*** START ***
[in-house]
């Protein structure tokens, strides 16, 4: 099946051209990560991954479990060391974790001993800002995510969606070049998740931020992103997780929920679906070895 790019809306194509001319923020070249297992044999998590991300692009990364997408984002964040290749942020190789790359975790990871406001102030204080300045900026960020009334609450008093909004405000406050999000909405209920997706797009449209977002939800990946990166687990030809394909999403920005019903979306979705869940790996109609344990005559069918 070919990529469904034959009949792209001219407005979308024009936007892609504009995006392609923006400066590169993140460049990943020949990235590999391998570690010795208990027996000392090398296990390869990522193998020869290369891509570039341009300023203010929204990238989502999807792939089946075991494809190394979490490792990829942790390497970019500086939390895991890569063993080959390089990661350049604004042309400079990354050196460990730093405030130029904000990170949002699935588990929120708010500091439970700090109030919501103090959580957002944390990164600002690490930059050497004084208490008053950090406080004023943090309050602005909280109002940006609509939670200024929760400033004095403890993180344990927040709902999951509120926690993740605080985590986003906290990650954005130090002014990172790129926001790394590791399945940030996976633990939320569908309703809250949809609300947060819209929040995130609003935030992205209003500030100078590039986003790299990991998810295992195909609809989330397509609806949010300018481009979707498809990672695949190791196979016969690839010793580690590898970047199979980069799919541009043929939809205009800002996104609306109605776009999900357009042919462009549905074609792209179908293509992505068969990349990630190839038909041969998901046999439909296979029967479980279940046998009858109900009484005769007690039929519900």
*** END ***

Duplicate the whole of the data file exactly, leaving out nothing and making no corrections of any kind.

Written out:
[in-house]
């Protein structure tokens, strides 16, 4: 099946051209990560991954479990060391974790001993800002995510969606070049998740931020992103997780929920679906070895 790019809306194509001319923020070249297992044999998590991300692009990364997408984002964040290749942020190789790359975790990871406001102030204080300045900026960020009334609450008093909004405000406050999000909405209920997706797009449209977002939800990946990166687990030809394909999403920005019903979306979705869940790996109609344990005559069918 070919990529469904034959009949792209001219407005979308024009936007892609504009995006392609923006400066590169993140460049990943020949990235590999391998570690010795208990027996000392090398296990390869990522193998020869290369891509570039341009300023203010929204990238989502999807792939089946075991494809190394979490490792990829942790390497970019500086939390895991890569063993080959390089990661350049604004042309400079990354050196460990730093405030130029904000990170949002699935588990929120708010500091439970700090109030919501103090959580957002944390990164600002690490930059050497004084208490008053950090406080004023943090309050602005909280109002940006609509939670200024929760400033004095403890993180344990927040709902999951509120926690993740605080985590986003906290990650954005130090002014990172790129926001790394590791399945940030996976633990939320569908309703809250949809609300947060819209929040995130609003935030992205209003500030100078590039986003790299990991998810295992195909609809989330397509609806949010300018481009979707498809990672695949190791196979016969690839010793580690590898970047199979980069799919541009043929939809205009800002996104609306109605776009999900357009042919462009549905074609792209179908293509992505068969990349990630190839038909041969998901046999439909296979029967479980279940046998009858109900009484005769007690039929519900």